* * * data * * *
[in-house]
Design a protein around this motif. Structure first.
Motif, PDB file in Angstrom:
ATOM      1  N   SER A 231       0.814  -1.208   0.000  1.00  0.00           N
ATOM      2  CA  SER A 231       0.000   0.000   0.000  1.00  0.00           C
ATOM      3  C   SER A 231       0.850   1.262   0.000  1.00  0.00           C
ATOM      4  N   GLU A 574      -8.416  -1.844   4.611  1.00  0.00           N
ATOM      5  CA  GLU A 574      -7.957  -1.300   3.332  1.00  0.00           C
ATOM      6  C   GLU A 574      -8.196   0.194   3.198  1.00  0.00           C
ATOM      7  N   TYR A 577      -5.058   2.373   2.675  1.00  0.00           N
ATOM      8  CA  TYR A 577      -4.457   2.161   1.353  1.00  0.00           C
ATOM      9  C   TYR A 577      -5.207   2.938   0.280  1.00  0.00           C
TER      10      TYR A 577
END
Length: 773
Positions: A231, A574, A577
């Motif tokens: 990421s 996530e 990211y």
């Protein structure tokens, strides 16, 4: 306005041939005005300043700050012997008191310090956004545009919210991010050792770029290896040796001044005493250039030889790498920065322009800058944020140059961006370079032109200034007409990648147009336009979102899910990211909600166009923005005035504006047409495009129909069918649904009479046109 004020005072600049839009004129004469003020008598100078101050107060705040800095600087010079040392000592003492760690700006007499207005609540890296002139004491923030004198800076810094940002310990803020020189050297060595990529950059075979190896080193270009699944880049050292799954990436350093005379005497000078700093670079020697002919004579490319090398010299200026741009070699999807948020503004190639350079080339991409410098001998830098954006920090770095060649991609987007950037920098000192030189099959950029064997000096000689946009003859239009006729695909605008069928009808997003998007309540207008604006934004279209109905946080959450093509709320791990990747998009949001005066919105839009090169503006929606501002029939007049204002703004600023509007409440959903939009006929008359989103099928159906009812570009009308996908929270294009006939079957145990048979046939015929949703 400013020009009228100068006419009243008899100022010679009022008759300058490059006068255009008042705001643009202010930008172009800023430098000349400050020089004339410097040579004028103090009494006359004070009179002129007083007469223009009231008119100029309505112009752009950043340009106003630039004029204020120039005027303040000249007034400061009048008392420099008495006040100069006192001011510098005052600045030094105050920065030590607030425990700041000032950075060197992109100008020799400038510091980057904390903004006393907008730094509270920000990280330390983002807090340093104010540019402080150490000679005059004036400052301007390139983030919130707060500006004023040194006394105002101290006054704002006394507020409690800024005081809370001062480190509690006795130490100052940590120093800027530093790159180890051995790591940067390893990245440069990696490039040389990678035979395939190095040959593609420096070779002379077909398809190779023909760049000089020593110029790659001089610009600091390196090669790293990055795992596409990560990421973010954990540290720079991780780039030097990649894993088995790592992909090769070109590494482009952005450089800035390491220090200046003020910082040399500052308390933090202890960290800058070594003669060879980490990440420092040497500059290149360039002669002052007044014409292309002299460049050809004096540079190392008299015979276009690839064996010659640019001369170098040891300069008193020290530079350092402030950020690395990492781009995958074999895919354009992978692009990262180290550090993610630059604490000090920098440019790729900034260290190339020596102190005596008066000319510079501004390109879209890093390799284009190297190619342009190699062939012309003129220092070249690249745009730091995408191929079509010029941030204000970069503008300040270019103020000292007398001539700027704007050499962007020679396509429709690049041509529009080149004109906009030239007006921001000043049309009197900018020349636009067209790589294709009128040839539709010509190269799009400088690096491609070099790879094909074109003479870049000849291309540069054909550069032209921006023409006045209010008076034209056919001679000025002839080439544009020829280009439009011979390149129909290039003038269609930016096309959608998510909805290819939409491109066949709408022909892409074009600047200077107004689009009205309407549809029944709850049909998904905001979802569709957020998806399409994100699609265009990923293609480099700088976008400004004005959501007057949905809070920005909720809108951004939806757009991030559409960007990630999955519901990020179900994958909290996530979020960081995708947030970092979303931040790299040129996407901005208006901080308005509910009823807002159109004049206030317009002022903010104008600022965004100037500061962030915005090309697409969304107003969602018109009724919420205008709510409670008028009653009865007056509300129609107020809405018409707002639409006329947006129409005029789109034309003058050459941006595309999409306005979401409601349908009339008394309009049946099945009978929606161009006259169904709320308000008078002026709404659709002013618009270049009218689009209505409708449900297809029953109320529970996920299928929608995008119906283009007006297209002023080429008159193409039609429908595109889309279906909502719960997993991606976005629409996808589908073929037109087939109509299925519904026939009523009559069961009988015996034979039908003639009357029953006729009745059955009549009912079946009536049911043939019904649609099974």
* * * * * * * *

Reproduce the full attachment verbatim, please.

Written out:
[in-house]
Design a protein around this motif. Structure first.
Motif, PDB file in Angstrom:
ATOM      1  N   SER A 231       0.814  -1.208   0.000  1.00  0.00           N
ATOM      2  CA  SER A 231       0.000   0.000   0.000  1.00  0.00           C
ATOM      3  C   SER A 231       0.850   1.262   0.000  1.00  0.00           C
ATOM      4  N   GLU A 574      -8.416  -1.844   4.611  1.00  0.00           N
ATOM      5  CA  GLU A 574      -7.957  -1.300   3.332  1.00  0.00           C
ATOM      6  C   GLU A 574      -8.196   0.194   3.198  1.00  0.00           C
ATOM      7  N   TYR A 577      -5.058   2.373   2.675  1.00  0.00           N
ATOM      8  CA  TYR A 577      -4.457   2.161   1.353  1.00  0.00           C
ATOM      9  C   TYR A 577      -5.207   2.938   0.280  1.00  0.00           C
TER      10      TYR A 577
END
Length: 773
Positions: A231, A574, A577
């Motif tokens: 990421s 996530e 990211y």
């Protein structure tokens, strides 16, 4: 306005041939005005300043700050012997008191310090956004545009919210991010050792770029290896040796001044005493250039030889790498920065322009800058944020140059961006370079032109200034007409990648147009336009979102899910990211909600166009923005005035504006047409495009129909069918649904009479046109 004020005072600049839009004129004469003020008598100078101050107060705040800095600087010079040392000592003492760690700006007499207005609540890296002139004491923030004198800076810094940002310990803020020189050297060595990529950059075979190896080193270009699944880049050292799954990436350093005379005497000078700093670079020697002919004579490319090398010299200026741009070699999807948020503004190639350079080339991409410098001998830098954006920090770095060649991609987007950037920098000192030189099959950029064997000096000689946009003859239009006729695909605008069928009808997003998007309540207008604006934004279209109905946080959450093509709320791990990747998009949001005066919105839009090169503006929606501002029939007049204002703004600023509007409440959903939009006929008359989103099928159906009812570009009308996908929270294009006939079957145990048979046939015929949703 400013020009009228100068006419009243008899100022010679009022008759300058490059006068255009008042705001643009202010930008172009800023430098000349400050020089004339410097040579004028103090009494006359004070009179002129007083007469223009009231008119100029309505112009752009950043340009106003630039004029204020120039005027303040000249007034400061009048008392420099008495006040100069006192001011510098005052600045030094105050920065030590607030425990700041000032950075060197992109100008020799400038510091980057904390903004006393907008730094509270920000990280330390983002807090340093104010540019402080150490000679005059004036400052301007390139983030919130707060500006004023040194006394105002101290006054704002006394507020409690800024005081809370001062480190509690006795130490100052940590120093800027530093790159180890051995790591940067390893990245440069990696490039040389990678035979395939190095040959593609420096070779002379077909398809190779023909760049000089020593110029790659001089610009600091390196090669790293990055795992596409990560990421973010954990540290720079991780780039030097990649894993088995790592992909090769070109590494482009952005450089800035390491220090200046003020910082040399500052308390933090202890960290800058070594003669060879980490990440420092040497500059290149360039002669002052007044014409292309002299460049050809004096540079190392008299015979276009690839064996010659640019001369170098040891300069008193020290530079350092402030950020690395990492781009995958074999895919354009992978692009990262180290550090993610630059604490000090920098440019790729900034260290190339020596102190005596008066000319510079501004390109879209890093390799284009190297190619342009190699062939012309003129220092070249690249745009730091995408191929079509010029941030204000970069503008300040270019103020000292007398001539700027704007050499962007020679396509429709690049041509529009080149004109906009030239007006921001000043049309009197900018020349636009067209790589294709009128040839539709010509190269799009400088690096491609070099790879094909074109003479870049000849291309540069054909550069032209921006023409006045209010008076034209056919001679000025002839080439544009020829280009439009011979390149129909290039003038269609930016096309959608998510909805290819939409491109066949709408022909892409074009600047200077107004689009009205309407549809029944709850049909998904905001979802569709957020998806399409994100699609265009990923293609480099700088976008400004004005959501007057949905809070920005909720809108951004939806757009991030559409960007990630999955519901990020179900994958909290996530979020960081995708947030970092979303931040790299040129996407901005208006901080308005509910009823807002159109004049206030317009002022903010104008600022965004100037500061962030915005090309697409969304107003969602018109009724919420205008709510409670008028009653009865007056509300129609107020809405018409707002639409006329947006129409005029789109034309003058050459941006595309999409306005979401409601349908009339008394309009049946099945009978929606161009006259169904709320308000008078002026709404659709002013618009270049009218689009209505409708449900297809029953109320529970996920299928929608995008119906283009007006297209002023080429008159193409039609429908595109889309279906909502719960997993991606976005629409996808589908073929037109087939109509299925519904026939009523009559069961009988015996034979039908003639009357029953006729009745059955009549009912079946009536049911043939019904649609099974």